Northwest Wheat Growers Wary Despite Signs Of A Good Crop
East of the Cascades, wheat farmers say there has been plenty of moisture over the winter and all things point to a good harvest. But the price and demand for that crop is very much in question.
Washington and Oregon wheat farmers export about 90 percent of their grain. Idaho exports about half of its total crop. And China is one of the fastest-growing export markets. But the country imposed new tariffs on American wheat and other commodities in response to U.S. tariffs on steel and aluminum.
Washington Grain Commission CEO Glen Squires said Northwest growers are feeling uneasy.
“A little more conservative, cautious,” he said. “Decisions in purchasing equipment or taking up more land, you know, kind of the workings on the farm—there’s some hesitancy.”
Idaho Wheat Commission Executive Director Blaine Jacobson said although China isn’t the largest customer for Northwest wheat, it has some of the biggest potential.
“We’re reluctant to see these trade barriers be put in place,” he said. “We’ve worked hard on developing the amount of business that we do have, and we’d like to see that continue to grow.”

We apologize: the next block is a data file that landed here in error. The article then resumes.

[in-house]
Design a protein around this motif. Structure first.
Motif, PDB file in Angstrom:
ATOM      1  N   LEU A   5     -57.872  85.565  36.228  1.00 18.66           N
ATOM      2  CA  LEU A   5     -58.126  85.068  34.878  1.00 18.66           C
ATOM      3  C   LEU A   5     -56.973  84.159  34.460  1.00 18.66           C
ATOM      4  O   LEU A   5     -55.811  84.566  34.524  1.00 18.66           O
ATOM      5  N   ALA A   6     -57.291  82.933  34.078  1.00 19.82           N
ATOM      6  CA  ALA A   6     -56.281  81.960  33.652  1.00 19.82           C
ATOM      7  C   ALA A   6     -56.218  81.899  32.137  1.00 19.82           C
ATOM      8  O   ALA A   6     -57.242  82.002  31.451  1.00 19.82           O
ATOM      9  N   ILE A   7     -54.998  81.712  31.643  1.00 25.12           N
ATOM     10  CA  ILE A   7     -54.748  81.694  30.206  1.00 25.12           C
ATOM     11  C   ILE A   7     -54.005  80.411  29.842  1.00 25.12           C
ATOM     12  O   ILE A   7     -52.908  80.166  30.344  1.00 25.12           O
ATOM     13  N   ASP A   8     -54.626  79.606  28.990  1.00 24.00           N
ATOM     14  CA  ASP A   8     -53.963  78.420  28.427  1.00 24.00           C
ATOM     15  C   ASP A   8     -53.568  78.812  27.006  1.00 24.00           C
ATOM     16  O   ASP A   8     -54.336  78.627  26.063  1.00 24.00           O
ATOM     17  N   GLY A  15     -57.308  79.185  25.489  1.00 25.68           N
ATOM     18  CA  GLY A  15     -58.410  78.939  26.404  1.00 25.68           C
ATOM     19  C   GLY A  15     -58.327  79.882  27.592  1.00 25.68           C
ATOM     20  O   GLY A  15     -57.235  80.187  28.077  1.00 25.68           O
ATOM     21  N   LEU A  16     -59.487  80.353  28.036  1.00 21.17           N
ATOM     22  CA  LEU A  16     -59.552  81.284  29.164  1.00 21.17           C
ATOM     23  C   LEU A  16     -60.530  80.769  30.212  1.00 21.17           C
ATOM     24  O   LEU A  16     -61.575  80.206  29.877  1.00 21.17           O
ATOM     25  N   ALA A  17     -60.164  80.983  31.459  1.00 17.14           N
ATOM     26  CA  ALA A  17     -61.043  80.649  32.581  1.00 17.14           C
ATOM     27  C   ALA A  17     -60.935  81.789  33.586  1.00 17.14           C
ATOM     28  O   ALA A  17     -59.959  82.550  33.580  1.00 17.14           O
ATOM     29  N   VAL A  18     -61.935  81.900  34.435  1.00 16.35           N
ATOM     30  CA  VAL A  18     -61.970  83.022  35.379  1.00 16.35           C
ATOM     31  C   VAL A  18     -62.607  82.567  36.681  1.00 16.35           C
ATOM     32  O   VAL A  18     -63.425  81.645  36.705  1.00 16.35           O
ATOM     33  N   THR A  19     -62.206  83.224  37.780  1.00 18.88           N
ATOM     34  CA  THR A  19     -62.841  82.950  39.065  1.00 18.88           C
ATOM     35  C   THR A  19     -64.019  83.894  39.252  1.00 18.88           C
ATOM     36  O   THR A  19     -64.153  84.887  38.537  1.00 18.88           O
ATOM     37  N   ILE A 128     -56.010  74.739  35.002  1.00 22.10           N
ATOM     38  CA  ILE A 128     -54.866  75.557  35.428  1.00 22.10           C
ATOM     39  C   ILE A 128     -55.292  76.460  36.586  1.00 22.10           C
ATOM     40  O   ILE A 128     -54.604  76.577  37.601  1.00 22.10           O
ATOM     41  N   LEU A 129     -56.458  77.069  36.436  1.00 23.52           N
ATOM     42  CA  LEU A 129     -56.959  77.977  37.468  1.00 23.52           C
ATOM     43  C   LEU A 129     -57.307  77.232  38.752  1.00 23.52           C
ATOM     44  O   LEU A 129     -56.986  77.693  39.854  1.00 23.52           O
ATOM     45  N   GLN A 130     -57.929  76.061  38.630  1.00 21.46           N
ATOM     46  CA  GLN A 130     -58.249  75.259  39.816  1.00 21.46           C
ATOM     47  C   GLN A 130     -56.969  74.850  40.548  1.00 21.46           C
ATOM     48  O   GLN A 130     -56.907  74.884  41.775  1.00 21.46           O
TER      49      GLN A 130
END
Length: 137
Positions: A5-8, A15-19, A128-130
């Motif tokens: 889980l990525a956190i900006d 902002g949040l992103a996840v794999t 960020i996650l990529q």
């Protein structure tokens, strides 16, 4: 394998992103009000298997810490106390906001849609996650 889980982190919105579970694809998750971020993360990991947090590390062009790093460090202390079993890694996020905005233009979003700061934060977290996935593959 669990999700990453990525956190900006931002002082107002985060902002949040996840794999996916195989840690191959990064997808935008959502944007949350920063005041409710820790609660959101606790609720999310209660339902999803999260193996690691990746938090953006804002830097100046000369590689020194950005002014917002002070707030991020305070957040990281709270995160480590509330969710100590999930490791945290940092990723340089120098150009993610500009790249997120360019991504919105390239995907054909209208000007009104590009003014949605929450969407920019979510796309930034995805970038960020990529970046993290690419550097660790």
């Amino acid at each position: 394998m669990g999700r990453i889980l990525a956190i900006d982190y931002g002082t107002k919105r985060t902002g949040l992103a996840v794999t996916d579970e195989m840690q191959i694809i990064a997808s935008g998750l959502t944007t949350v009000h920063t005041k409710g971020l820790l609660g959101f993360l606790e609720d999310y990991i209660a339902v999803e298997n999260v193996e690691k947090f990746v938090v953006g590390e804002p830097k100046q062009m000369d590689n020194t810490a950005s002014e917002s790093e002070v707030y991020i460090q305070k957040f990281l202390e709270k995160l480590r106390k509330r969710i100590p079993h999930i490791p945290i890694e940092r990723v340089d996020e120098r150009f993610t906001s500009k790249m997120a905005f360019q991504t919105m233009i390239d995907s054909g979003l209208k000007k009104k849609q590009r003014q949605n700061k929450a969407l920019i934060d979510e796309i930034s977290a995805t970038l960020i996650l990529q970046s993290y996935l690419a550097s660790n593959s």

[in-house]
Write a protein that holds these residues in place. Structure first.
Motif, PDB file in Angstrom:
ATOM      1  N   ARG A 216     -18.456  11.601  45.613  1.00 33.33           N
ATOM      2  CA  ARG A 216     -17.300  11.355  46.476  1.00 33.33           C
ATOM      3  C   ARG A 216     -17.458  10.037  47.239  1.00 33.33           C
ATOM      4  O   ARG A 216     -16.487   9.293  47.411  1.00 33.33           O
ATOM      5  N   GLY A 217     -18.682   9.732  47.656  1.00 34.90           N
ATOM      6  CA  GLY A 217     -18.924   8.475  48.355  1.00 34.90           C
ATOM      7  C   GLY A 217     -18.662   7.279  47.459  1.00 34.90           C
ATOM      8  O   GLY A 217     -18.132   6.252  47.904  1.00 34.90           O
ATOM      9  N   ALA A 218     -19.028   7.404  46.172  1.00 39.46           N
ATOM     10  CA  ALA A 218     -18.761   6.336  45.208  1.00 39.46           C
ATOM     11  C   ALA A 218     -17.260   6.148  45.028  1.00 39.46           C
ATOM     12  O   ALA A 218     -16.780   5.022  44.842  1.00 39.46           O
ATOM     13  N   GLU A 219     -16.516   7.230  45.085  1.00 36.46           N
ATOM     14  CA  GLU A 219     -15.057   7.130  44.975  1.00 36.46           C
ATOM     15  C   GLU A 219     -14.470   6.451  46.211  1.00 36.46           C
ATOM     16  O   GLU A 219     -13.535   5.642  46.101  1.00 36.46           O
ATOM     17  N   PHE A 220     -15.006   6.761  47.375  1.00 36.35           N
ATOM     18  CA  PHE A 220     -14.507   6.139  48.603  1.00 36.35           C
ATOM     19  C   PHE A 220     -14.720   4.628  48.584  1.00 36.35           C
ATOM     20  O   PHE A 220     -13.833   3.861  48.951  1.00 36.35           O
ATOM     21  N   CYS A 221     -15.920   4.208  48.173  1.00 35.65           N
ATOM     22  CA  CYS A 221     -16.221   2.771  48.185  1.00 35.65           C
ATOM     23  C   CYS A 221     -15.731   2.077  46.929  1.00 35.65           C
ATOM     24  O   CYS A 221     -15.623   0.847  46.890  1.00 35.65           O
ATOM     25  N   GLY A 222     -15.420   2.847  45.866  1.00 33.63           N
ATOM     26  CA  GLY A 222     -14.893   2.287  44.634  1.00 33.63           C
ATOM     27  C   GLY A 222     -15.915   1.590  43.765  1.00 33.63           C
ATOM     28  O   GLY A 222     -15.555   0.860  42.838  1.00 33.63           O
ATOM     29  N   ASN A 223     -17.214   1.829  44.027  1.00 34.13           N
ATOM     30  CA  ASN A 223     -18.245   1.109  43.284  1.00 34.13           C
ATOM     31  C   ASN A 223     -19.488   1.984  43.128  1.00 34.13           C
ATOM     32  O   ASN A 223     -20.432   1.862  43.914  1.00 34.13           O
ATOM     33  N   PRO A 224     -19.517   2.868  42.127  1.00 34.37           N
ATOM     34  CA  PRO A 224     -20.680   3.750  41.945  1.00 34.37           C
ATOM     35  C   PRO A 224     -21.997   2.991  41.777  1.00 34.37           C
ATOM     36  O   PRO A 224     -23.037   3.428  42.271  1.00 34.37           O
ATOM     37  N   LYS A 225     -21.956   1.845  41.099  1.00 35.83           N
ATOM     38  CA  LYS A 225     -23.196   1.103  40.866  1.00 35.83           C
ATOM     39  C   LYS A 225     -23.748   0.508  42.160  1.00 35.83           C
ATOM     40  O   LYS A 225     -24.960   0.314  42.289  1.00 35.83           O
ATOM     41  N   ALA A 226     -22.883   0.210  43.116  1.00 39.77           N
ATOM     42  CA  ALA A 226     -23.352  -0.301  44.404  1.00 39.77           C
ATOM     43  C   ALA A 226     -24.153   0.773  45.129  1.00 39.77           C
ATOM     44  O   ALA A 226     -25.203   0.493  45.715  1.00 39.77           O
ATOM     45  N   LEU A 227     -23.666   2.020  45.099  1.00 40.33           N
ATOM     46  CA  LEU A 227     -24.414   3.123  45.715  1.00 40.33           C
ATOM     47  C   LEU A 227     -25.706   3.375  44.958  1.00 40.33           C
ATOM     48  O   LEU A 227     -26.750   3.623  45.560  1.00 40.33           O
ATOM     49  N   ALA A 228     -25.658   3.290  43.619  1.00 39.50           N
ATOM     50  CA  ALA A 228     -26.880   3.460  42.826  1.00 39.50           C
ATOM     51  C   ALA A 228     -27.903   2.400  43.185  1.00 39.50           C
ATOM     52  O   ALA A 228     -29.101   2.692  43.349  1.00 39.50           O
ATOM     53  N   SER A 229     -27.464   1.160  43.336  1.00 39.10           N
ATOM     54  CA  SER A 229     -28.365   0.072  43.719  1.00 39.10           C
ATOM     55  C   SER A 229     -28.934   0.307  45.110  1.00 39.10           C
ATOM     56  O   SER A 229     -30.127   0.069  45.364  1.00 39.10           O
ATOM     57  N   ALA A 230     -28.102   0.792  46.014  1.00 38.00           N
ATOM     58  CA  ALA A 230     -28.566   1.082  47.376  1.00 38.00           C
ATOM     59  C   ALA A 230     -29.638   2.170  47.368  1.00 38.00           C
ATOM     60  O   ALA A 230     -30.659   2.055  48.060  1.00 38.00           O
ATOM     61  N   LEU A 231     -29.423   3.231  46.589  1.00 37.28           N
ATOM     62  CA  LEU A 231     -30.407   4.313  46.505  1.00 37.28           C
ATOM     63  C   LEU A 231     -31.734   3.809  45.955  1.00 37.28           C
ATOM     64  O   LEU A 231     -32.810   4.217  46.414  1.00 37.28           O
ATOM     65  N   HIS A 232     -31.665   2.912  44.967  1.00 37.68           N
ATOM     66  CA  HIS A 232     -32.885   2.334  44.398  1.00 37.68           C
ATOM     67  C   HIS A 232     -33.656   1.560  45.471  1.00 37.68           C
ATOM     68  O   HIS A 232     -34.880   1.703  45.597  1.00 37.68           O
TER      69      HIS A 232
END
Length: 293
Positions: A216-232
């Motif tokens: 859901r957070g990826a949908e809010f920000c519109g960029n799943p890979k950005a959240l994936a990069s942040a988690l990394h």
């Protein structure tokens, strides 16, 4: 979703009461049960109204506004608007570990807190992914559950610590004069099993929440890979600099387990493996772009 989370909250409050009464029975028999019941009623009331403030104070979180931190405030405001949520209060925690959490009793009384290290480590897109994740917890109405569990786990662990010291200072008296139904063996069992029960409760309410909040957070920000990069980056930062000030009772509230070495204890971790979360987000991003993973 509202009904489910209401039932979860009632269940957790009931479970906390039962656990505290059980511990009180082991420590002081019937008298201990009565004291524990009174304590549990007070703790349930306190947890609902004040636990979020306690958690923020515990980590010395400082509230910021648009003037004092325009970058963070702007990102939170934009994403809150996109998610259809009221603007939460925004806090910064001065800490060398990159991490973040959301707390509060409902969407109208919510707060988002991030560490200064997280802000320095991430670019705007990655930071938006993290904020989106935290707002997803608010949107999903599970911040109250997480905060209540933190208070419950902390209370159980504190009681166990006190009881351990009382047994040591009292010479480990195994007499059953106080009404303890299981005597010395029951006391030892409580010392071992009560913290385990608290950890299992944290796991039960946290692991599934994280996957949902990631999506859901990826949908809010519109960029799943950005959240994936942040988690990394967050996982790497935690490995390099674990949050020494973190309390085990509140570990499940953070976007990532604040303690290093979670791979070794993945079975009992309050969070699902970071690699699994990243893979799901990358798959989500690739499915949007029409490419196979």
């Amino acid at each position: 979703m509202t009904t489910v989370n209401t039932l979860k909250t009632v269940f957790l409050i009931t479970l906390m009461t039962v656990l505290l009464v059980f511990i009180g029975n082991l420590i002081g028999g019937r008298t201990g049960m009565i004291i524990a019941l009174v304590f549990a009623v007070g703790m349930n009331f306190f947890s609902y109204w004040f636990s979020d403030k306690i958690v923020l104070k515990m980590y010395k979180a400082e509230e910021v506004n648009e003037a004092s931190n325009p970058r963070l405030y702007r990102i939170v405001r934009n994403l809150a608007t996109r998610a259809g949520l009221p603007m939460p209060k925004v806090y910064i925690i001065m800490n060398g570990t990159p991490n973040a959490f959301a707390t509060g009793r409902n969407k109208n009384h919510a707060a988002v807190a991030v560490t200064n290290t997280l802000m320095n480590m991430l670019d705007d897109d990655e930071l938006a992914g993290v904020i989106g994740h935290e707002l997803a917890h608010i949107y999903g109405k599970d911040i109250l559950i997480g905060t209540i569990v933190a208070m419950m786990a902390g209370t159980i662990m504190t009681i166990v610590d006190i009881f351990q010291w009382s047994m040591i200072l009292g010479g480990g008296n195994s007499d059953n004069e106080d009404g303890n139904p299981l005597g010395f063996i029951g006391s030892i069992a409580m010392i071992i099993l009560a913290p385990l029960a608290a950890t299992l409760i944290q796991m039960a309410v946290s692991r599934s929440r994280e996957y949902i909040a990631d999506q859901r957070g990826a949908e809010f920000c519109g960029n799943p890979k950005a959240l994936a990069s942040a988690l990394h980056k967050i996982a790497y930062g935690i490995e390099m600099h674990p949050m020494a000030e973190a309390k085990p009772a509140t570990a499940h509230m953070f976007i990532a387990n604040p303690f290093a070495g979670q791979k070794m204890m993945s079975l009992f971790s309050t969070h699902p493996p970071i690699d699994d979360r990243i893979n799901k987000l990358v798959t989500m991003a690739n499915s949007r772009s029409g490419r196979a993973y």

So, wheat farmers are hoping that trade tensions with China are resolved before tariffs are actually imposed.
And with Japan also a major importer of Northwest wheat for noodles and sweet cakes, they watching for signs the Trump administration will reconsider its rejection of the Trans-Pacific Partnership.
Copyright 2018 Northwest News Network
A field of wheat stands straight up and lovely just uphill from the Snake River outside of Windust, Washington – but tall standing wheat can also mean that the heads… Continue Reading Light headed: Stressed Northwest wheat may yield disappointing harvest
Driving a long gravel road on a tour of the Horse Heaven Hills. Fallow fields and wheat with mountains in the distance. (Credit: Dori Luzzo Gilmour / NWPB) Listen (Runtime… Continue Reading Clean energy project proposal in the Columbia Basin generates controversy and support
Northwest farmers are pouring on the water to moisten soils ahead of the triple-digit temperatures and possible record highs expected this weekend. Continue Reading High Heat Brings High Worry About Crops, As Farmers Were Already Dealing With Drought